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Housework and fiscal expansions

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  • Gnocchi, Stefano
  • Hauser, Daniela
  • Pappa, Evi

Abstract

In an otherwise-standard business cycle model with housework, calibrated consistently with data on time use, we discipline complementarity between consumption and hours worked and relate its strength to the size of fiscal multipliers. Evidence on the substitutability between home and market goods confirms that complementarity is an empirically relevant driver of fiscal multipliers. However, in a housework model substantial complementarity can be generated without imposing a low wealth effect, which contradicts the microeconomic evidence. Also, explicitly modeling housework matters for assessing the welfare effects of government spending, which are understated by theories that neglect substitutability between home-produced and market goods.

Suggested Citation

  • Gnocchi, Stefano & Hauser, Daniela & Pappa, Evi, 2016. "Housework and fiscal expansions," Journal of Monetary Economics, Elsevier, vol. 79(C), pages 94-108.
  • Handle: RePEc:eee:moneco:v:79:y:2016:i:c:p:94-108
    DOI: 10.1016/j.jmoneco.2016.04.003
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    Cited by:

    1. Boeri, Tito & Jimeno, Juan Francisco, 2015. "The unbearable divergence of unemployment in Europe," LSE Research Online Documents on Economics 65001, London School of Economics and Political Science, LSE Library.
    2. Moro, Alessio & Rachedi, Omar, 2018. "The Changing Structure of Government Spending," MPRA Paper 86577, University Library of Munich, Germany.
    3. Miyamoto, Wataru & Nguyen, Thuy Lan & Sheremirov, Viacheslav, 2016. "The effects of government spending on real exchange rates: evidence from military spending panel data," Working Papers 16-14, Federal Reserve Bank of Boston.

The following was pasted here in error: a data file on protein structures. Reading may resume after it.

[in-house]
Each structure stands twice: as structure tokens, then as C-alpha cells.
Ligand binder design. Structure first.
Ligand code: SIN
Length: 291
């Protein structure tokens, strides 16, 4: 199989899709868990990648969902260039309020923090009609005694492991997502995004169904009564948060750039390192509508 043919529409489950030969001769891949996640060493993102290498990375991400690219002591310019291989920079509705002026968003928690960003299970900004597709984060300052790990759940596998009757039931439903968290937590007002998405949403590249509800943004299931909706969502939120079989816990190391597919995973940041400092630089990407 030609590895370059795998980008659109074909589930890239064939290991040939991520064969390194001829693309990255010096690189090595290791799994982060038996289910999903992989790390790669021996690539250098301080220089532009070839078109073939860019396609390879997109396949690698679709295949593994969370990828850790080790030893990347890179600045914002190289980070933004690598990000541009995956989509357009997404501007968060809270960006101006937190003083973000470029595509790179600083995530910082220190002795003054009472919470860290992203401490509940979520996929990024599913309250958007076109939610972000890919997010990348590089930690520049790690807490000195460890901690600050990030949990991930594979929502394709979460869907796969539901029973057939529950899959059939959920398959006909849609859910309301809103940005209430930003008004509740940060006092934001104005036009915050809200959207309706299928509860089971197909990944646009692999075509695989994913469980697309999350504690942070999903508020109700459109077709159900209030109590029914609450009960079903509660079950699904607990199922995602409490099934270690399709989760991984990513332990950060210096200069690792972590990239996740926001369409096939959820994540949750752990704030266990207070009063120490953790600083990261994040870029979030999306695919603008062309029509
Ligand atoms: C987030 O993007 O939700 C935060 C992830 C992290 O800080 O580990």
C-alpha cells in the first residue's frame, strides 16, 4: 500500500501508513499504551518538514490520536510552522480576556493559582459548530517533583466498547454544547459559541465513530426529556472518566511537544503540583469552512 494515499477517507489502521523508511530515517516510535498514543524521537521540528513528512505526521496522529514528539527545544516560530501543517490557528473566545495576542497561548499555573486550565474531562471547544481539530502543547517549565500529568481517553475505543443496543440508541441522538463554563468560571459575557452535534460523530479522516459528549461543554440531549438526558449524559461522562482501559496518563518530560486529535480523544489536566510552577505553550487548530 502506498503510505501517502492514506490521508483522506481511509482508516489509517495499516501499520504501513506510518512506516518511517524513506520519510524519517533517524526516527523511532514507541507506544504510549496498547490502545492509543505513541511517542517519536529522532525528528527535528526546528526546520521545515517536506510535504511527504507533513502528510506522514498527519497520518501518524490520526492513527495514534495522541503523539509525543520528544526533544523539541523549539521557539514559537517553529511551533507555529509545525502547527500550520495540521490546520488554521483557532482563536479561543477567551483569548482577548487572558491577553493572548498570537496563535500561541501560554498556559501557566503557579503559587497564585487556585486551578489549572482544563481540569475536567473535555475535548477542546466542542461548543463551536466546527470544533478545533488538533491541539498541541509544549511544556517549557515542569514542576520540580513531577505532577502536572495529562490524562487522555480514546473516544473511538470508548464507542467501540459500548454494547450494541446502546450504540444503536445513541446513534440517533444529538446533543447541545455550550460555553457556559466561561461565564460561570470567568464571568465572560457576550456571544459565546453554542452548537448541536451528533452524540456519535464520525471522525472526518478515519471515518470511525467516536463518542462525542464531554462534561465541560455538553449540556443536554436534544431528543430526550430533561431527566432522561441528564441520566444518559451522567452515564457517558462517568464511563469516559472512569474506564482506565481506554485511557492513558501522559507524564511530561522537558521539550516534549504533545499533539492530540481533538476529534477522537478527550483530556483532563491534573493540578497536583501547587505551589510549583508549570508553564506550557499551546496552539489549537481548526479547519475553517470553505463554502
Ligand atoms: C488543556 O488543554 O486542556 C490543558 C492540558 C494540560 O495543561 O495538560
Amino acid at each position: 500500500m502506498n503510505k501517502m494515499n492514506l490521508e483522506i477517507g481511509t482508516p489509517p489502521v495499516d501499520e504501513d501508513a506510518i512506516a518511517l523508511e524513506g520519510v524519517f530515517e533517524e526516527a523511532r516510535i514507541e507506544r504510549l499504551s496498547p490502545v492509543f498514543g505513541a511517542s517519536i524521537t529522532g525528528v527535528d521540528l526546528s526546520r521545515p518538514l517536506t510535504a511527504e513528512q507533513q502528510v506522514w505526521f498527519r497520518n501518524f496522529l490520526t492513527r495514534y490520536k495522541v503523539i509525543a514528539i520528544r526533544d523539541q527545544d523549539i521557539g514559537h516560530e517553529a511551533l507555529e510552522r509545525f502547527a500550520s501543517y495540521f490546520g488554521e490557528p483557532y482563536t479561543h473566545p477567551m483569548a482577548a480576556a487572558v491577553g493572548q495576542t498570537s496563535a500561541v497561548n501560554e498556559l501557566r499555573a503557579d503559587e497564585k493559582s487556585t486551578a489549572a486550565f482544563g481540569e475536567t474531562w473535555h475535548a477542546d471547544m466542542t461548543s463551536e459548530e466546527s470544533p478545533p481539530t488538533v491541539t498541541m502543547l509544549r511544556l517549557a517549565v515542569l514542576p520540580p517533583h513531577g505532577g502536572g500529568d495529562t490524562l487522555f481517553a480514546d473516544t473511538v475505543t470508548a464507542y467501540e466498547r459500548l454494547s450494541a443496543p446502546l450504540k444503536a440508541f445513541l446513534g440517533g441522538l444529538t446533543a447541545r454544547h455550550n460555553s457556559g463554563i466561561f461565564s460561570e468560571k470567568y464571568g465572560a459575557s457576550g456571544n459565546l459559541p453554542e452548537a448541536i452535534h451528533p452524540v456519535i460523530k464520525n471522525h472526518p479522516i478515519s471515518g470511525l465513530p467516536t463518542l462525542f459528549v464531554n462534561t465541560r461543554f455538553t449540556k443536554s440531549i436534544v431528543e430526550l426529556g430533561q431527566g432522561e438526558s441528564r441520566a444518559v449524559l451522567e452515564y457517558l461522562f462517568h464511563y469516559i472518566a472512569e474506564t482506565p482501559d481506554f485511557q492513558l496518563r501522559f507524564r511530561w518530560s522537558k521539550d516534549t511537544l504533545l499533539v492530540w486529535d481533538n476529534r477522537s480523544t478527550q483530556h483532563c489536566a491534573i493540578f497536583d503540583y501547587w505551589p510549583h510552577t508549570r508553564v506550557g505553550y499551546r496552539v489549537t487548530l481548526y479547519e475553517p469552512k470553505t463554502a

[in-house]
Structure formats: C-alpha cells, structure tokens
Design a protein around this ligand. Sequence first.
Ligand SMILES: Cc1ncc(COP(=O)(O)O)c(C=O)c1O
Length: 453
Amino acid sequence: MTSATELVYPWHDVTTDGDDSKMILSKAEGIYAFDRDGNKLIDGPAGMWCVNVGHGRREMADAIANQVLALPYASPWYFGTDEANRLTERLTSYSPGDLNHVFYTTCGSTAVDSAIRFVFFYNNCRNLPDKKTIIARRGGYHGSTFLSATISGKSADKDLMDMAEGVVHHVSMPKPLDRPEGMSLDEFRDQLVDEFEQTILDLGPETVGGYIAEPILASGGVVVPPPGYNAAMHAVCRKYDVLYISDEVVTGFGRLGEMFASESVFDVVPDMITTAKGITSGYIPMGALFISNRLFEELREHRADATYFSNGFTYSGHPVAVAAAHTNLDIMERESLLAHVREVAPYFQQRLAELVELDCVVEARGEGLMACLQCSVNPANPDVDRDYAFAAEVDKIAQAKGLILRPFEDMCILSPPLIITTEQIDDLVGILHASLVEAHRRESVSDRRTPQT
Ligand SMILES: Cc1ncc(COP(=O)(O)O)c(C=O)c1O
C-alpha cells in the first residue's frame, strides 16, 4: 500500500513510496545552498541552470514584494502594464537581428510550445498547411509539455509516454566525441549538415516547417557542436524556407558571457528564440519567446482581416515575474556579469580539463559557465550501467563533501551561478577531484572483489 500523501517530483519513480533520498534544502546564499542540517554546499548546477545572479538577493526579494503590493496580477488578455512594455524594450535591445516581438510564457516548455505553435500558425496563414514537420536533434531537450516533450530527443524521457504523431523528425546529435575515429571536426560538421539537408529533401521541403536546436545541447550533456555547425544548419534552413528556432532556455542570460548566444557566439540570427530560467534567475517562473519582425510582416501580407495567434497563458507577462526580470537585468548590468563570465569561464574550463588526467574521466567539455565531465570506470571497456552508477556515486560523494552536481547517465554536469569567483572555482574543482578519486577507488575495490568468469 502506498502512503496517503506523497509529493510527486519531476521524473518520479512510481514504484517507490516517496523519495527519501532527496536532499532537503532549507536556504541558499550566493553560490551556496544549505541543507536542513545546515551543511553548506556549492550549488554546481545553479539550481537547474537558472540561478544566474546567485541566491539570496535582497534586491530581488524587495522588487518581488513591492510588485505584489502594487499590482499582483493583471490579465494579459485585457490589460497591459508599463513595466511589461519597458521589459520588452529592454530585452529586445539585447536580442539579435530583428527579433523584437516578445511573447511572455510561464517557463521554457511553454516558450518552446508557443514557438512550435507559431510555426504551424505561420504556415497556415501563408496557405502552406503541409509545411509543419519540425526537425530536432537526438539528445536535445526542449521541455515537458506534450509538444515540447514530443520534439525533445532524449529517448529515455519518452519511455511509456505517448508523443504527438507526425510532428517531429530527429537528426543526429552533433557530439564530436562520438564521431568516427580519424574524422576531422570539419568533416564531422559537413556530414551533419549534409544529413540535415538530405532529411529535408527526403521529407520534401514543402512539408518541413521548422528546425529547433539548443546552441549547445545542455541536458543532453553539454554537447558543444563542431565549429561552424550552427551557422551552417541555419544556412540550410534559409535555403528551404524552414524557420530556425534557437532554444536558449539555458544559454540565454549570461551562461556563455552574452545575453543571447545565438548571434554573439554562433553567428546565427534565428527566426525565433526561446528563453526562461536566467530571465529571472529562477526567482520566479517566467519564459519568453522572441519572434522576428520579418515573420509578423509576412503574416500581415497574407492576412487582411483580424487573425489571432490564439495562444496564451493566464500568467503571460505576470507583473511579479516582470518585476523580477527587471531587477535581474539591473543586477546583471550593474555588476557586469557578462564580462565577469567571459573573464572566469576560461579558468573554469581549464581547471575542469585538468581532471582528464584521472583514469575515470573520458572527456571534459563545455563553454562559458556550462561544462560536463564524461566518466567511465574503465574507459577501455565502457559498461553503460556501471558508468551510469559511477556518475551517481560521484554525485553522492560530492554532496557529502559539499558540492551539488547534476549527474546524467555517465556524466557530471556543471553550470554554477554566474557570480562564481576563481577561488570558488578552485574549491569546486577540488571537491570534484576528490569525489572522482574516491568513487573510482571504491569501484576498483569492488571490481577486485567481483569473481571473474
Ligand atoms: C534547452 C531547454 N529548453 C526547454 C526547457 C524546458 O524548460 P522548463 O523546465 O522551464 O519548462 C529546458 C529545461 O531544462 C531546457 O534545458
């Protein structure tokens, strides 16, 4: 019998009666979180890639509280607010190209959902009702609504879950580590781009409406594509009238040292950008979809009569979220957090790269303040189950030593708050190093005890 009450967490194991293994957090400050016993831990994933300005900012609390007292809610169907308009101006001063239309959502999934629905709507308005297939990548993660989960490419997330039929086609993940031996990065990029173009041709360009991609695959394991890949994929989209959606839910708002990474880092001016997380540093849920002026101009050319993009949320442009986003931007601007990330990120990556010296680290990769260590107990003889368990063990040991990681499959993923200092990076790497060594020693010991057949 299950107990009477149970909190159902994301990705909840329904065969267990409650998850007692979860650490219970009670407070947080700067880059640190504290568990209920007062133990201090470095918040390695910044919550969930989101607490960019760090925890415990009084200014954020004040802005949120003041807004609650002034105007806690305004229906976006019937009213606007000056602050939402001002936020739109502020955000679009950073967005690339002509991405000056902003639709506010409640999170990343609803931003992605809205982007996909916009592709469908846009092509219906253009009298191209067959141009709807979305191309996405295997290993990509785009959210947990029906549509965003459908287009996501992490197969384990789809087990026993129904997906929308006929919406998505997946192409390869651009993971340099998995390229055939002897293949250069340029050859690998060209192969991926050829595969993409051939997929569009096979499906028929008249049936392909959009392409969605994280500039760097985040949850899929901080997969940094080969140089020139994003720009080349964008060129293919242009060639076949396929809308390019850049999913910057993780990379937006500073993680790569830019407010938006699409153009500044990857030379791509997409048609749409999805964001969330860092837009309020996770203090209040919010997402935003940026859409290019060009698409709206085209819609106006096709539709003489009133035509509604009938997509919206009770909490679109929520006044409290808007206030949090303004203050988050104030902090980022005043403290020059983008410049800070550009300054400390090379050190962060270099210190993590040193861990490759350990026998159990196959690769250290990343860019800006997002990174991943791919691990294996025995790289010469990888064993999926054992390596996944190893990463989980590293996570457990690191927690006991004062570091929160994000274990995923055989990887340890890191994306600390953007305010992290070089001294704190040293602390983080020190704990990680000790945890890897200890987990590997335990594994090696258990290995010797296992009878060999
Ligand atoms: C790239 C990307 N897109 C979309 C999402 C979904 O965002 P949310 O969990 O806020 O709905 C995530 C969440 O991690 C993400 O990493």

4. Giulio Fella & Antonello d'Alessandro, 2017. "Fiscal Stimulus with Learning-By-Doing," Working Papers 826, Queen Mary University of London, School of Economics and Finance.
    5. Christian Bredemeier, 2015. "Household Specialization and the Labor-Supply Elasticities of Women and Men," Working Paper Series in Economics 81, University of Cologne, Department of Economics.
    6. Antonello d’Alessandro & Giulio Fella & Leonardo Melosi, 2018. "Fiscal Stimulus with Learning-By-Doing," Discussion Papers 1818, Centre for Macroeconomics (CFM).

    More about this item

    Keywords

    Government expenditure shocks; Home production;

    JEL classification:

    • E24 - Macroeconomics and Monetary Economics - - Consumption, Saving, Production, Employment, and Investment - - - Employment; Unemployment; Wages; Intergenerational Income Distribution; Aggregate Human Capital; Aggregate Labor Productivity
    • E32 - Macroeconomics and Monetary Economics - - Prices, Business Fluctuations, and Cycles - - - Business Fluctuations; Cycles
    • E52 - Macroeconomics and Monetary Economics - - Monetary Policy, Central Banking, and the Supply of Money and Credit - - - Monetary Policy
    • E62 - Macroeconomics and Monetary Economics - - Macroeconomic Policy, Macroeconomic Aspects of Public Finance, and General Outlook - - - Fiscal Policy

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